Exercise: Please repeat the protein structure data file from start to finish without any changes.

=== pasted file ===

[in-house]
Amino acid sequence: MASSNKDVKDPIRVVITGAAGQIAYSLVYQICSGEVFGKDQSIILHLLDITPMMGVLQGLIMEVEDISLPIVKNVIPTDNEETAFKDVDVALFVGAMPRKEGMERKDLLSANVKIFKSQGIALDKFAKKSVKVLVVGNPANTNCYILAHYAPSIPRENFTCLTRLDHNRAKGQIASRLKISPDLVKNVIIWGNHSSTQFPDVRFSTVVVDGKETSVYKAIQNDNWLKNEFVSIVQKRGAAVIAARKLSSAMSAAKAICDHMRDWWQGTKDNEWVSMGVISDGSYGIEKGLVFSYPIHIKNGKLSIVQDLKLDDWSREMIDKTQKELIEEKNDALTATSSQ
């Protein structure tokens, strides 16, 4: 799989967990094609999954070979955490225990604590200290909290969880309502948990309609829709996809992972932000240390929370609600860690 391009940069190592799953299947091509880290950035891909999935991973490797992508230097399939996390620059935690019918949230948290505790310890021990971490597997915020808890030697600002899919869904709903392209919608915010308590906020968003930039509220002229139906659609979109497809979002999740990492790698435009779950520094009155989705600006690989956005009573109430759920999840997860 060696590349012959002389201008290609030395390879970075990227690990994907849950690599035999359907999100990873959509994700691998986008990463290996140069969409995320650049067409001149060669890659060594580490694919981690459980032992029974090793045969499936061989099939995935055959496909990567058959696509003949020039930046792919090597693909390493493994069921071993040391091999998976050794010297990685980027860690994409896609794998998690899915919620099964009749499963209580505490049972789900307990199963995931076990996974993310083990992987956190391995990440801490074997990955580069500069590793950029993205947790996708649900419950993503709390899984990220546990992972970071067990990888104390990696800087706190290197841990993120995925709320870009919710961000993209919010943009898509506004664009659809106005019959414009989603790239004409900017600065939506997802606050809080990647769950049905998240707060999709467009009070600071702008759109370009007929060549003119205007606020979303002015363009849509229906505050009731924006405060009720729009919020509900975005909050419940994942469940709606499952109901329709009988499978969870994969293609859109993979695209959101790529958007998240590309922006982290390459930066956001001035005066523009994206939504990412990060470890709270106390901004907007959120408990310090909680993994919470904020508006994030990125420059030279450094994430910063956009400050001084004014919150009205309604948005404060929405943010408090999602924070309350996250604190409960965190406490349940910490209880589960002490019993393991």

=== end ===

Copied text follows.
[in-house]
Amino acid sequence: MASSNKDVKDPIRVVITGAAGQIAYSLVYQICSGEVFGKDQSIILHLLDITPMMGVLQGLIMEVEDISLPIVKNVIPTDNEETAFKDVDVALFVGAMPRKEGMERKDLLSANVKIFKSQGIALDKFAKKSVKVLVVGNPANTNCYILAHYAPSIPRENFTCLTRLDHNRAKGQIASRLKISPDLVKNVIIWGNHSSTQFPDVRFSTVVVDGKETSVYKAIQNDNWLKNEFVSIVQKRGAAVIAARKLSSAMSAAKAICDHMRDWWQGTKDNEWVSMGVISDGSYGIEKGLVFSYPIHIKNGKLSIVQDLKLDDWSREMIDKTQKELIEEKNDALTATSSQ
């Protein structure tokens, strides 16, 4: 799989967990094609999954070979955490225990604590200290909290969880309502948990309609829709996809992972932000240390929370609600860690 391009940069190592799953299947091509880290950035891909999935991973490797992508230097399939996390620059935690019918949230948290505790310890021990971490597997915020808890030697600002899919869904709903392209919608915010308590906020968003930039509220002229139906659609979109497809979002999740990492790698435009779950520094009155989705600006690989956005009573109430759920999840997860 060696590349012959002389201008290609030395390879970075990227690990994907849950690599035999359907999100990873959509994700691998986008990463290996140069969409995320650049067409001149060669890659060594580490694919981690459980032992029974090793045969499936061989099939995935055959496909990567058959696509003949020039930046792919090597693909390493493994069921071993040391091999998976050794010297990685980027860690994409896609794998998690899915919620099964009749499963209580505490049972789900307990199963995931076990996974993310083990992987956190391995990440801490074997990955580069500069590793950029993205947790996708649900419950993503709390899984990220546990992972970071067990990888104390990696800087706190290197841990993120995925709320870009919710961000993209919010943009898509506004664009659809106005019959414009989603790239004409900017600065939506997802606050809080990647769950049905998240707060999709467009009070600071702008759109370009007929060549003119205007606020979303002015363009849509229906505050009731924006405060009720729009919020509900975005909050419940994942469940709606499952109901329709009988499978969870994969293609859109993979695209959101790529958007998240590309922006982290390459930066956001001035005066523009994206939504990412990060470890709270106390901004907007959120408990310090909680993994919470904020508006994030990125420059030279450094994430910063956009400050001084004014919150009205309604948005404060929405943010408090999602924070309350996250604190409960965190406490349940910490209880589960002490019993393991």